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Thread: F2FS Results Mixed Against Microsoft's exFAT On Linux

  1. #1
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    Default F2FS Results Mixed Against Microsoft's exFAT On Linux

    Phoronix: F2FS Results Mixed Against Microsoft's exFAT On Linux

    In the benchmarking that has happened since the release of the Linux 3.8 kernel, there's been many tests that occurred of Samsung's Flash-Friendly File-System (F2FS). With that testing has also come many requests to compare the performance of this file-system designed for flash storage devices to Microsoft's exFAT file-system as well as NTFS. In this article are those benchmark results.

    http://www.phoronix.com/vr.php?view=18541

  2. #2
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    Bear in mind that exfat has barely any metadata.

  3. #3
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    I suspected as much...

    let's face it, exFat IS the superior file system to be used on sd and usb storage. And this conclusion came after observing read/write speeds of several FS in windows/os x/linux.

    fucking microsoft should just open exfat so everyone could use it natively

    btw I would venture a bet that had your formatted the usb key in windows and ran the tests in windows the results would be even more in favor of exfat

  4. #4
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    Quote Originally Posted by Pallidus View Post
    I suspected as much...

    let's face it, exFat IS the superior file system to be used on sd and usb storage. And this conclusion came after observing read/write speeds of several FS in windows/os x/linux.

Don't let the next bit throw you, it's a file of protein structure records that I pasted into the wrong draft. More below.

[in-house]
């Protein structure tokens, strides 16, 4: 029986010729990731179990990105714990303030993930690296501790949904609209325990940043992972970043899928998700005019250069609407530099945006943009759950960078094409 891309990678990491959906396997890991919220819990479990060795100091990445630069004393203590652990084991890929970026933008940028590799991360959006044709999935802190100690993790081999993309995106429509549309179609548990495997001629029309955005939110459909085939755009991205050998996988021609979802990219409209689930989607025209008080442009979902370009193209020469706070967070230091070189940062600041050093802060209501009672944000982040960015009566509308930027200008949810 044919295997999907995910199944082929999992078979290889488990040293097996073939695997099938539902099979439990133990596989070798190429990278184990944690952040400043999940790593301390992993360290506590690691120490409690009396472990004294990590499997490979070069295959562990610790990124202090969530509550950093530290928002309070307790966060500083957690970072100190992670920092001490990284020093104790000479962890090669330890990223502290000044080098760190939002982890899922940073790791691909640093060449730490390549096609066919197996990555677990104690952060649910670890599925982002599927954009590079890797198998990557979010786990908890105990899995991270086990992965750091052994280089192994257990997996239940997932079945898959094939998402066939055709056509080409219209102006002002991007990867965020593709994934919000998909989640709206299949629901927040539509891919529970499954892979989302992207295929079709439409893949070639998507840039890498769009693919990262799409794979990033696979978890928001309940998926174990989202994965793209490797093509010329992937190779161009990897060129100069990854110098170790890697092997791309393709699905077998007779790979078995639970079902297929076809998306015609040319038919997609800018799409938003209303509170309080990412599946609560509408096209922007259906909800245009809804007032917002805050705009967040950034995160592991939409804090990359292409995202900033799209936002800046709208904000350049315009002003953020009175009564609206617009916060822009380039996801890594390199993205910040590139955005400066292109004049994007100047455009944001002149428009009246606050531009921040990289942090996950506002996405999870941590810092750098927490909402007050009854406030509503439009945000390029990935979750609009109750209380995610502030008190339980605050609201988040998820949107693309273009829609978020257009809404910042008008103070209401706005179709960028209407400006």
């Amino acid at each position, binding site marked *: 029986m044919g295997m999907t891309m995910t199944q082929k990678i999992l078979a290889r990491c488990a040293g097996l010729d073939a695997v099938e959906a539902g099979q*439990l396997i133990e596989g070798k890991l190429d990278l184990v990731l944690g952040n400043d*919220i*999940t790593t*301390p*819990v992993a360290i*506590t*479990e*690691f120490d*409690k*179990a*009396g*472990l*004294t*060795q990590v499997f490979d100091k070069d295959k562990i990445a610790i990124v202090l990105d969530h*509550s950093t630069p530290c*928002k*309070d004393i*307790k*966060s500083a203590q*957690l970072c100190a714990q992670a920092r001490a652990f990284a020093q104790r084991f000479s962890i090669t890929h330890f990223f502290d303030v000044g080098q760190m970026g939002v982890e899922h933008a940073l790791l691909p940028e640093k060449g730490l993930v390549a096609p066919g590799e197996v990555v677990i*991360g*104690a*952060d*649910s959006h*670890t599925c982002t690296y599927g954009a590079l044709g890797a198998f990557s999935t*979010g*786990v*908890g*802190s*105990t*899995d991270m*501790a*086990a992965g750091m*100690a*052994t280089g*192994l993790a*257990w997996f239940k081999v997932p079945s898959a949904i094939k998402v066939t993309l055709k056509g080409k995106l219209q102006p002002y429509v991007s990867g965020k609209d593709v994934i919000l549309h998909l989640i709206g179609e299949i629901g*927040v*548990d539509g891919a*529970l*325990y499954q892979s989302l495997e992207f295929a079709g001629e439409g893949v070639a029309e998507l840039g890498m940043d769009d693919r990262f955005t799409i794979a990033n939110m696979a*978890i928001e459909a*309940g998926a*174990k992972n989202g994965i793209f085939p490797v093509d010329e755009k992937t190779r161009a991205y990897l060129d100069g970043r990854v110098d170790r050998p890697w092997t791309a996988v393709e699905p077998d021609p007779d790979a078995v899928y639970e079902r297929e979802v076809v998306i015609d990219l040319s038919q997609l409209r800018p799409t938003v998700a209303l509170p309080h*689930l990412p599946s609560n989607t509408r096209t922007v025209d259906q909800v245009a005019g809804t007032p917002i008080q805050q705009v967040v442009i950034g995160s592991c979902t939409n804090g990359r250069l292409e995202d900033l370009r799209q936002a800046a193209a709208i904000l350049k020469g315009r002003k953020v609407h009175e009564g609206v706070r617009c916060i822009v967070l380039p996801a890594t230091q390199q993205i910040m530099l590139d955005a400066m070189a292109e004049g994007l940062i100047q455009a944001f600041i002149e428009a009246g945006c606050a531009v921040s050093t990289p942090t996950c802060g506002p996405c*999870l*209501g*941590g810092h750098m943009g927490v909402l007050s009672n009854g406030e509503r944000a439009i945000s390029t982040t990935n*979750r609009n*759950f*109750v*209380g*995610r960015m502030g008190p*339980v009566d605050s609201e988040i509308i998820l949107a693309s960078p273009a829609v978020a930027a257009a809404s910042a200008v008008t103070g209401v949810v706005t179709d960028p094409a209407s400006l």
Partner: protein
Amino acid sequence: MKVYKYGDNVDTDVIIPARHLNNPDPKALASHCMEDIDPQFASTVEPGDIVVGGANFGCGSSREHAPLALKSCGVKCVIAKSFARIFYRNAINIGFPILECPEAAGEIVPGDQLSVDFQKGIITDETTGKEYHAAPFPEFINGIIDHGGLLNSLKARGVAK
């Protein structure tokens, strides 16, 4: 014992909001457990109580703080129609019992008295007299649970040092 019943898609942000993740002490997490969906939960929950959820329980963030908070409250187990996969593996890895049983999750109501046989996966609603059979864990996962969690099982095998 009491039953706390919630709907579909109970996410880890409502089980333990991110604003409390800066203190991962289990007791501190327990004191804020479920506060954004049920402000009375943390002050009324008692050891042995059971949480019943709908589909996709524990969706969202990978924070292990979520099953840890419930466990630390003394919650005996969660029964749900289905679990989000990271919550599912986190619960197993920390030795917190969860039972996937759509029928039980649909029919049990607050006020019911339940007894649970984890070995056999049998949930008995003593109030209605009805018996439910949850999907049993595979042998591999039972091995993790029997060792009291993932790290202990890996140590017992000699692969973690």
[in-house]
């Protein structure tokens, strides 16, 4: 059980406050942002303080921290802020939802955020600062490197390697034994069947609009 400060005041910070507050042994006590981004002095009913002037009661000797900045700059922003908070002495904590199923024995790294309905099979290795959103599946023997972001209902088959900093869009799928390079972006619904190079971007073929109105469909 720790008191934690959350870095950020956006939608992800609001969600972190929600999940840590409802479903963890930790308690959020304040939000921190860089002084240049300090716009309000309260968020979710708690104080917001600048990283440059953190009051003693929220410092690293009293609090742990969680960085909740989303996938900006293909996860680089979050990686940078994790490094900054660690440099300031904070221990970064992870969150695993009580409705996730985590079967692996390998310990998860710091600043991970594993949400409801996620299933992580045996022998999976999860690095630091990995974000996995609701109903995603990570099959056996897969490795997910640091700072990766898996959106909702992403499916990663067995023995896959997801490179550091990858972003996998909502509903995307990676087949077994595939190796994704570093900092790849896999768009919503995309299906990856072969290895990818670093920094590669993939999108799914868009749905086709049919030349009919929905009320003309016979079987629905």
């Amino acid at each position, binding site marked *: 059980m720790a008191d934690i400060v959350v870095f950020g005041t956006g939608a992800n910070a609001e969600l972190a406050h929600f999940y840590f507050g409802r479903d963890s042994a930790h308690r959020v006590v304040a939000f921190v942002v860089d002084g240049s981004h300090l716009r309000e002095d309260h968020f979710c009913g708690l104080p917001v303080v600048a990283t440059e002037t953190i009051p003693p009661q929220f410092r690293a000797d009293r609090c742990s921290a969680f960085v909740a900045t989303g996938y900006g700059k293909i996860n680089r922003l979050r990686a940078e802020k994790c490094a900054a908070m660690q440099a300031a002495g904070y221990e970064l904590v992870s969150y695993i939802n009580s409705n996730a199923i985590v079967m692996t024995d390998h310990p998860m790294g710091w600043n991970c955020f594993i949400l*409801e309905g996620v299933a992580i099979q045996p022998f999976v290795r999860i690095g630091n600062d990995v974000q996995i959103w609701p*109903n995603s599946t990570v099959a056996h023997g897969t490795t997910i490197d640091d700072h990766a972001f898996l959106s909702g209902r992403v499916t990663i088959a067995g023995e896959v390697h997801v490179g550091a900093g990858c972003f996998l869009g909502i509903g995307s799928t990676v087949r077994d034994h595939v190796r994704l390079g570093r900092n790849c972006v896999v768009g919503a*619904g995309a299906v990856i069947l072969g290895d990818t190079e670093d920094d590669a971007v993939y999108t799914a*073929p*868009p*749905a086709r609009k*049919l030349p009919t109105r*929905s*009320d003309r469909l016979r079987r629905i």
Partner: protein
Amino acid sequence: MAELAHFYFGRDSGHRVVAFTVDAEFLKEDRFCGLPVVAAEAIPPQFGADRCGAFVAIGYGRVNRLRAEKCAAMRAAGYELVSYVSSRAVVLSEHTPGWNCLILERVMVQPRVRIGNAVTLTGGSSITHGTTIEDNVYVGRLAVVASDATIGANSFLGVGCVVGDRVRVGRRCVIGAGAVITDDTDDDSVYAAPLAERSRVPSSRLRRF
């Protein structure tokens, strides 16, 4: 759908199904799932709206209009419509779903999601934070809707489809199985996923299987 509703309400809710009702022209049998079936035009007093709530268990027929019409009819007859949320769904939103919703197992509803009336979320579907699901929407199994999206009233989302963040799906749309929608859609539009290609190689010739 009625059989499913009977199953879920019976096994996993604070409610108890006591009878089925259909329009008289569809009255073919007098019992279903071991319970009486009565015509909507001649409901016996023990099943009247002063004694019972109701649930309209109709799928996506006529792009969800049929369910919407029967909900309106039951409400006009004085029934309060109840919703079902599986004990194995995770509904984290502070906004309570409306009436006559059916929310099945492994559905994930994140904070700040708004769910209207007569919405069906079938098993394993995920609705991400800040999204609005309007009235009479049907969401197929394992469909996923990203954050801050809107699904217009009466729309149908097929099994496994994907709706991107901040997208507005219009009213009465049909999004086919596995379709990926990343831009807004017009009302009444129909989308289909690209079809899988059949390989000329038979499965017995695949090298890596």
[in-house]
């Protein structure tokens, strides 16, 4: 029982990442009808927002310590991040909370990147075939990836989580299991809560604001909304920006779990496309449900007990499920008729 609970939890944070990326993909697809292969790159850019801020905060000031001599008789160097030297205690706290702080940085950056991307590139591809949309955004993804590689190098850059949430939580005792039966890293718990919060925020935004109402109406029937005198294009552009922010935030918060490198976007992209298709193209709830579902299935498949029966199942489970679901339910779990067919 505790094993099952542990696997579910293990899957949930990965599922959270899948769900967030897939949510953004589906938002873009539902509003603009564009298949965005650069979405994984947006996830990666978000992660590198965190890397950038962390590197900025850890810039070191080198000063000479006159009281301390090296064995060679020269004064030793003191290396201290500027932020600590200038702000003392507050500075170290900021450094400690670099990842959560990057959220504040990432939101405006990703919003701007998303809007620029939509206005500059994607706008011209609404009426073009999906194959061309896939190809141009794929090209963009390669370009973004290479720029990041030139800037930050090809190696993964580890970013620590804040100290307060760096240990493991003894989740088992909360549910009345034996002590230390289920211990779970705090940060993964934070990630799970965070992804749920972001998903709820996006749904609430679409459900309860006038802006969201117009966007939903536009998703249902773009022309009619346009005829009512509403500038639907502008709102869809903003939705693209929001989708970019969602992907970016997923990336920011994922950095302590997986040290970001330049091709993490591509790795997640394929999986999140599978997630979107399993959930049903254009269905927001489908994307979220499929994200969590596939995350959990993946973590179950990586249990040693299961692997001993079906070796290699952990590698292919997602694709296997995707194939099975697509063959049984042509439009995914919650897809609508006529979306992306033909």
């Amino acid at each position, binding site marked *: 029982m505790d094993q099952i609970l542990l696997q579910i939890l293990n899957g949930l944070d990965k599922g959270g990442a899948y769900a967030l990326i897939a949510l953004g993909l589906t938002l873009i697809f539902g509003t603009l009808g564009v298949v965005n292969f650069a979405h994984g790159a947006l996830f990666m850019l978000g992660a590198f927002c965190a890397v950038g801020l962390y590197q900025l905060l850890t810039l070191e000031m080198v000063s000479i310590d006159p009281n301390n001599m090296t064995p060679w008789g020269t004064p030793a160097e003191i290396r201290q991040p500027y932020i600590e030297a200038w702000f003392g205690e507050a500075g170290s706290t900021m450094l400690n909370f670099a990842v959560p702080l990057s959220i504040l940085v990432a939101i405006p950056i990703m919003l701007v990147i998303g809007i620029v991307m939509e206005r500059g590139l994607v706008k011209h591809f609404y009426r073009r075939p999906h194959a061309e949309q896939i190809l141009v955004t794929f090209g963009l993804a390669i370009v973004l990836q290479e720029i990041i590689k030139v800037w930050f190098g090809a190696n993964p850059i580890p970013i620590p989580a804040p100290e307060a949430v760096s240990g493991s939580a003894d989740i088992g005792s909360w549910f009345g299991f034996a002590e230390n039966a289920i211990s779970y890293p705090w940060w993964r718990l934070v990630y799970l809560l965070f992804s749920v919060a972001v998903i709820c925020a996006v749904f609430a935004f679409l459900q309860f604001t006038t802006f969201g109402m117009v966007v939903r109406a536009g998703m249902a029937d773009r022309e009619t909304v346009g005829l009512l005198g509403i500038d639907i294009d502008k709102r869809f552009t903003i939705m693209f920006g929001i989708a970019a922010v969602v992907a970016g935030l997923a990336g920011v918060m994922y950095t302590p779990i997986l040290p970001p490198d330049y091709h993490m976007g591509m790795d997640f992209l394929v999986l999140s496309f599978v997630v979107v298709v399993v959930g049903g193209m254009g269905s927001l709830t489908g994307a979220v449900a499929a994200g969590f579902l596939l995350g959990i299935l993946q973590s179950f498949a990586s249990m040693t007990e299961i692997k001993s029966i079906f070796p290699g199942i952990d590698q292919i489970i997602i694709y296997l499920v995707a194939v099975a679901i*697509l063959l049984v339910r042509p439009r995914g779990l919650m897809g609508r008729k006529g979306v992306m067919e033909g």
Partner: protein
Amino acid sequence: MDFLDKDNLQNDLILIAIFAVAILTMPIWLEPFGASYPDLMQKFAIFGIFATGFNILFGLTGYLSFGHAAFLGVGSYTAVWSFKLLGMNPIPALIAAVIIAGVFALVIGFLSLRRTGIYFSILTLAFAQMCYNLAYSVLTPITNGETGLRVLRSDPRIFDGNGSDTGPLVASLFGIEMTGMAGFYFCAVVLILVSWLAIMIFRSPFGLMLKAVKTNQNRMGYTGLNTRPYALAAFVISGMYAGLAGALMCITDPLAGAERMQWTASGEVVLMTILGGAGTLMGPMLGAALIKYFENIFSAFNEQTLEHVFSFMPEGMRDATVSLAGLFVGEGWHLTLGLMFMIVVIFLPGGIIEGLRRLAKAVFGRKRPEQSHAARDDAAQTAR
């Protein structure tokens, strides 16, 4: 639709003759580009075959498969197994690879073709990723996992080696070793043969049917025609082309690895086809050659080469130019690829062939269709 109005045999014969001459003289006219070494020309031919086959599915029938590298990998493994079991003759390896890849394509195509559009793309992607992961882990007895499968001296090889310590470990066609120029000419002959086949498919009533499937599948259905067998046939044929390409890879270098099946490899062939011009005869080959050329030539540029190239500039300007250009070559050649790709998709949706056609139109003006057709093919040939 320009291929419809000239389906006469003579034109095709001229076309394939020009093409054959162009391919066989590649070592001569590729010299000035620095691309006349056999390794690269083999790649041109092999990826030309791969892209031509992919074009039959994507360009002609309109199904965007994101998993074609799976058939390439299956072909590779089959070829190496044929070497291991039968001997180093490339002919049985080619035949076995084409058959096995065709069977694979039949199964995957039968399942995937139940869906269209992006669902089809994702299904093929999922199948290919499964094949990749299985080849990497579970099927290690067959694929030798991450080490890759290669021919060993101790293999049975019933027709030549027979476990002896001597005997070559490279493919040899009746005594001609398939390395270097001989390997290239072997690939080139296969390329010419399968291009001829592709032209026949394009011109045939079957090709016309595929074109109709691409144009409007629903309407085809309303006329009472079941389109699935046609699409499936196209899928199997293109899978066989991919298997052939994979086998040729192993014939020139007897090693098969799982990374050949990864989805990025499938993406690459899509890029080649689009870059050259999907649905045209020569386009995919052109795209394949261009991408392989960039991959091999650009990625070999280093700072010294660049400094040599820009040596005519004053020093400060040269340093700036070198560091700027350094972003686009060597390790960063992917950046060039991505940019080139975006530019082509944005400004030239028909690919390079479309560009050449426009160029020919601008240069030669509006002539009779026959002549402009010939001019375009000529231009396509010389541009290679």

fucking microsoft should just open exfat so everyone could use it natively

    btw I would venture a bet that had your formatted the usb key in windows and ran the tests in windows the results would be even more in favor of exfat
    I call bull, exFAT doesn't journal metadata making data loss likely on power loss. It doesn't support POSIX attributes, extended attributed, or hard or soft links.

    For a fair comparision, take exFAT vs ext2, or ext4 with journaling diabled.

    What I see is a fully standards-compliant filesystem files system does not have a significant performance disadvantage for basic operation compared to one designed as a quick and simple solution to removable media. THe only place you see a significant difference is in postmark, which tests the suitability of a file-system as a mail server (read and writes of many small files).

  5. #5
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    Yea, overall benchmarking FSs with different features without noting them makes it kind of misleading. After all, every single Linux installation comes with a super fast file-system that has real-time reading and writing speeds of any data. It's called /dev/null.

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